Physics of a glacial ‘slushy’ reveal granular forces on a massive scale
CIRES researcher co-authors new study uncovering giant-scale iceberg interactions
The laws for how granular materials flow apply even at the giant, geophysical scale of icebergs piling up in the ocean at the outlet of a glacier, scientists have shown.
The Proceedings of the National Academy of Sciences (PNAS) published the findings, describing the dynamics of the clog of icebergs — known as an ice mélange — in front of Greenland’s Jakobshavn Glacier. The fast-moving glacier is considered a bellwether for the effects of climate change.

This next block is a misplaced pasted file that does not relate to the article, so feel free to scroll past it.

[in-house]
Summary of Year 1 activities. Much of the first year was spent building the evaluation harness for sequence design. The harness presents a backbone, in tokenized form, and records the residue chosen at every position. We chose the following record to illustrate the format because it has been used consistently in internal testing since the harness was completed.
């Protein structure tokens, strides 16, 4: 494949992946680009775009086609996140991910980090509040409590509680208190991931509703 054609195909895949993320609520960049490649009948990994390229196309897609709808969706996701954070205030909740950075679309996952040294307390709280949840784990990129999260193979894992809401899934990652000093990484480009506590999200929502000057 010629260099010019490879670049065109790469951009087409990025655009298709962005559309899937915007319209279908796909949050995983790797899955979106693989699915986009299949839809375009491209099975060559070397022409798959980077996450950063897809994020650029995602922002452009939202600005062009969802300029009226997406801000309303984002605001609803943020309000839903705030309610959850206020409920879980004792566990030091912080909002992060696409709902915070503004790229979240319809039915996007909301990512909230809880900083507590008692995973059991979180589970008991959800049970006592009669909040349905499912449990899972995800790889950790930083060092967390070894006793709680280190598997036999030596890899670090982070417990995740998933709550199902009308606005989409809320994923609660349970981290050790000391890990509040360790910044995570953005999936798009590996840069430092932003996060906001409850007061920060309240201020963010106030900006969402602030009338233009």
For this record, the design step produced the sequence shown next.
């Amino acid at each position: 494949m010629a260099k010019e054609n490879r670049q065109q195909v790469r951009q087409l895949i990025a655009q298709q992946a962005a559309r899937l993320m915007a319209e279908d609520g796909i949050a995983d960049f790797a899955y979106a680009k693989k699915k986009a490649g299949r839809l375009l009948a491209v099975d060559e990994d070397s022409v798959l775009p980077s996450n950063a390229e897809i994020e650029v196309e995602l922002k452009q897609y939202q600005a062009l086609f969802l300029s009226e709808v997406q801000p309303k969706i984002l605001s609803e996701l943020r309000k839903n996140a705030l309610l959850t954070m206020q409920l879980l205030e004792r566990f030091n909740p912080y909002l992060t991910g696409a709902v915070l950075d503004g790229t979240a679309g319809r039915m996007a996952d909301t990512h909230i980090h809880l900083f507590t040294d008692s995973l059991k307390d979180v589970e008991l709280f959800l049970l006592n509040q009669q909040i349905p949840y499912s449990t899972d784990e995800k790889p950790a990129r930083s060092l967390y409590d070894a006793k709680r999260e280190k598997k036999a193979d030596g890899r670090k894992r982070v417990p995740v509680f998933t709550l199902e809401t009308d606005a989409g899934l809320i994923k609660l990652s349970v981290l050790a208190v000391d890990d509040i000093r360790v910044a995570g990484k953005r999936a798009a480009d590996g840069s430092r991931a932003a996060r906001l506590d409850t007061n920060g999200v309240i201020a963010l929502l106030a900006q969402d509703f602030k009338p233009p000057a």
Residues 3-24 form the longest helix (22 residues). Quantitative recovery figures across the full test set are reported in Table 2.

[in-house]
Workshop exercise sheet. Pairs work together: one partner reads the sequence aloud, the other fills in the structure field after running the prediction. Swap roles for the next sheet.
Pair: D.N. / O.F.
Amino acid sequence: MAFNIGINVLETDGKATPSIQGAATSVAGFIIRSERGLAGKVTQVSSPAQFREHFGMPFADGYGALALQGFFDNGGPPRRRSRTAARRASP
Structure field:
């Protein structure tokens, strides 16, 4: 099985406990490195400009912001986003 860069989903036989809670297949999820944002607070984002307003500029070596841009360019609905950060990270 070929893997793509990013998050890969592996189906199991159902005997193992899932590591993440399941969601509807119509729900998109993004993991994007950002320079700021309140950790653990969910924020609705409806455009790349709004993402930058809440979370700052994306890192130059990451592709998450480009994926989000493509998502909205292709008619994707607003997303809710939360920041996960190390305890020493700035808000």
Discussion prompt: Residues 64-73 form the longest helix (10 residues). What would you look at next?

CIRES researcher Ryan Cassotto, formerly with the University of New Hampshire, is a co-author on the study.
“We’ve connected microscopic theories for the mechanics of granular flowing with the world’s largest granular material — a glacial ice mélange,” says Justin Burton, an assistant professor of physics at Emory University and lead author of the paper. “Our results could help researchers who are trying to understand the future evolution of the Greenland and Antarctica ice sheets. We’ve showed that an ice mélange could potentially have a large and measurable effect on the production of large icebergs by a glacier.”
This story was adapted by Emory University communications. Read the full story here.